CHARLAND, LOUIS, surveyor, office holder, architect, and militia officer; b. 6 April 1772 at Quebec, son of Alexis Charland and Marie Poulin; m. first 17 Jan. 1803 Marie-Joseph Fearson on Île Perrot, Lower Canada; m. secondly 22 Feb. 1810 Sarah Jones in Montreal, Lower Canada; d. there 3 Sept. 1813.
Louis Charland entered the Petit Séminaire de Québec in 1785 and finished his studies there in June 1792. Shortly afterwards he started to learn surveying with a man by the name of Jones. In 1793 he was appointed deputy provincial surveyor by Samuel Johannes Holland, surveyor general of Lower Canada. That year also he gave the public the benefit of his scientific knowledge by providing answers in the Quebec Gazette to questions concerning geometry and surveying. Having received his commission as a surveyor in August 1795, he worked until 1799 in the Quebec area, where he does not seem to have been very busy, judging by the limited number of reports of surveys done for the region.
At that period the maintenance of roads and streets in Montreal was the subject of much complaint by the citizens. In 1799, therefore, the House of Assembly passed a bill amending one adopted three years earlier concerning the construction and upkeep of roads in Lower Canada. The 1799 act stipulated, among other things, that two surveyors would be appointed, one at Quebec and one at Montreal, and that each would receive an annual salary of £100 and would be put under the immediate authority of the justices of the peace, whose powers extended to municipal government. At 27, Charland became the first surveyor of the highways, streets, and lanes in Montreal, and he took up permanent residence in that town to pursue other professional work as well. He signed many boundary surveys or measuring reports in Montreal and the surrounding area, and sometimes these documents were accompanied by plans prepared with exceptional care.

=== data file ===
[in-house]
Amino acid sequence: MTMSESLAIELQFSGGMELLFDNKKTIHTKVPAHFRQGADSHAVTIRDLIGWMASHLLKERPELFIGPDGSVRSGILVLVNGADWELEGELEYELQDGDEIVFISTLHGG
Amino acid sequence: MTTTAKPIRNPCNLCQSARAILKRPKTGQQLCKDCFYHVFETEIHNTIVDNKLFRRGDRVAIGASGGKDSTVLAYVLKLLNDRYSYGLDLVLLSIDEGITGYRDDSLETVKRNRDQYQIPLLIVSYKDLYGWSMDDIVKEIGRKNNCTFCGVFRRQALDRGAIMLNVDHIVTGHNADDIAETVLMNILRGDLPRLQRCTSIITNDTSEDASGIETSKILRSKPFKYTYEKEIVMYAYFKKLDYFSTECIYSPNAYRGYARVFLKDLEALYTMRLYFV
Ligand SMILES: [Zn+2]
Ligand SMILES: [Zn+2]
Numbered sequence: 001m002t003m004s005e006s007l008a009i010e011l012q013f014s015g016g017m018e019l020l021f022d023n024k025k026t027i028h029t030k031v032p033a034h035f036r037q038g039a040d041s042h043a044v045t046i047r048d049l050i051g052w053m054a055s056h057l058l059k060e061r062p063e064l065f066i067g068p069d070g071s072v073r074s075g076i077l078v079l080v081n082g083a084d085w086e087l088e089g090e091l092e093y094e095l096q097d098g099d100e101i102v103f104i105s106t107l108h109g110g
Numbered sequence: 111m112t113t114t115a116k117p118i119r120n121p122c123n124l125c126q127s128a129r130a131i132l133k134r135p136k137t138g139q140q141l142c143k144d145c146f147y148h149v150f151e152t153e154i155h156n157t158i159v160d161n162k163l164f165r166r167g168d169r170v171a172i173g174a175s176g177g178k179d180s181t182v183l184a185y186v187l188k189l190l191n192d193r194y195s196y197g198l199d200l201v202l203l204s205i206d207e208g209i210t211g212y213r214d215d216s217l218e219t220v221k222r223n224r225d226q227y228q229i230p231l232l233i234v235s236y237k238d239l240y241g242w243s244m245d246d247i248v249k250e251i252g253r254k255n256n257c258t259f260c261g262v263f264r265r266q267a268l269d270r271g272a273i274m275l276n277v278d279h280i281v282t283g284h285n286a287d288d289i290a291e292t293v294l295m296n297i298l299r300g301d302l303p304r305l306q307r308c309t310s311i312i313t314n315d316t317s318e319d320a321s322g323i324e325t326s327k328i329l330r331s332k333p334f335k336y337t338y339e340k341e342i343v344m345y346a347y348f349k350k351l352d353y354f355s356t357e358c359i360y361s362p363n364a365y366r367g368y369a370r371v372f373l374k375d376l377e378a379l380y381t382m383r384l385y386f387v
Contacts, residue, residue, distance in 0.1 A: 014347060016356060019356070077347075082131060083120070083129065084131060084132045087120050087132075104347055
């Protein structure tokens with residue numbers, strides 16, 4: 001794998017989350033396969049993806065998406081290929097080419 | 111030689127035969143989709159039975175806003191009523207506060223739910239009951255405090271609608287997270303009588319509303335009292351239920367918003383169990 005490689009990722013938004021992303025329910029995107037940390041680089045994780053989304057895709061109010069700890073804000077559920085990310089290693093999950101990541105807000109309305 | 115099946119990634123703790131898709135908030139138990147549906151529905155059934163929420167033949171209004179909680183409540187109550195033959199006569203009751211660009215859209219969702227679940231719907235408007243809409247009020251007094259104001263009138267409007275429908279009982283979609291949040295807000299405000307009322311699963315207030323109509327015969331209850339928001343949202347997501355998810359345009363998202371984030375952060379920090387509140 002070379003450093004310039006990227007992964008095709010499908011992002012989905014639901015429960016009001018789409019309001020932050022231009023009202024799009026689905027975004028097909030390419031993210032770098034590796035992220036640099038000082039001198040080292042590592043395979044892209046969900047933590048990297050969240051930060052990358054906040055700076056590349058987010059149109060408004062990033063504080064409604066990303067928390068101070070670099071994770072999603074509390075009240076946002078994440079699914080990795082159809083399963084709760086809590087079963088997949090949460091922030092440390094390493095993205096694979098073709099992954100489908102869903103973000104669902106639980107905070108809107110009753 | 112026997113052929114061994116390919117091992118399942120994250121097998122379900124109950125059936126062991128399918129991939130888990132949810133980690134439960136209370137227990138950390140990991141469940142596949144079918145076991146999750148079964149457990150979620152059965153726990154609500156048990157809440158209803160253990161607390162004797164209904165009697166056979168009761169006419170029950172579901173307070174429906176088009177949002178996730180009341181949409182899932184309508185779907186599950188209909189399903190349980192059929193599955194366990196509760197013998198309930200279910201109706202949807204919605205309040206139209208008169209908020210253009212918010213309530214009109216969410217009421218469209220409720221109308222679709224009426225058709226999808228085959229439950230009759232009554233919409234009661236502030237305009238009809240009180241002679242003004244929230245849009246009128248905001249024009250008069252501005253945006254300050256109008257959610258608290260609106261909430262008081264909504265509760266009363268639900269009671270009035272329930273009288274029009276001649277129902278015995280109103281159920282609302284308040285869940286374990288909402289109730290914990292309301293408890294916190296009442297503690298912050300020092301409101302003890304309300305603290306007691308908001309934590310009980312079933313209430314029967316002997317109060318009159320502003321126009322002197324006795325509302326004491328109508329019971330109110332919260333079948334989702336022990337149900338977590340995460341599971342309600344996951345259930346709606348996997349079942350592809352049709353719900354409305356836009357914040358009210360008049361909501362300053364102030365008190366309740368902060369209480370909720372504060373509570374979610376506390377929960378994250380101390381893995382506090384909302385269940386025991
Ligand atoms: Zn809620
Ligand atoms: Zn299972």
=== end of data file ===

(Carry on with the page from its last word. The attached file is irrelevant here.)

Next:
As road surveyor Charland was responsible for supervising the maintenance of roads, streets, and bridges, hiring the manpower for repair work, and levying fines. He held this office without interruption from his initial appointment in June 1799 until his death in 1813. In this capacity he drew up in 1801 the “Plan de la ville et cité de Montréal avec les projets d’accroissements”; his intent was to make the boundaries of the urban agglomeration, in which the suburbs were developing more rapidly than the central area, correspond more closely to the actual situation.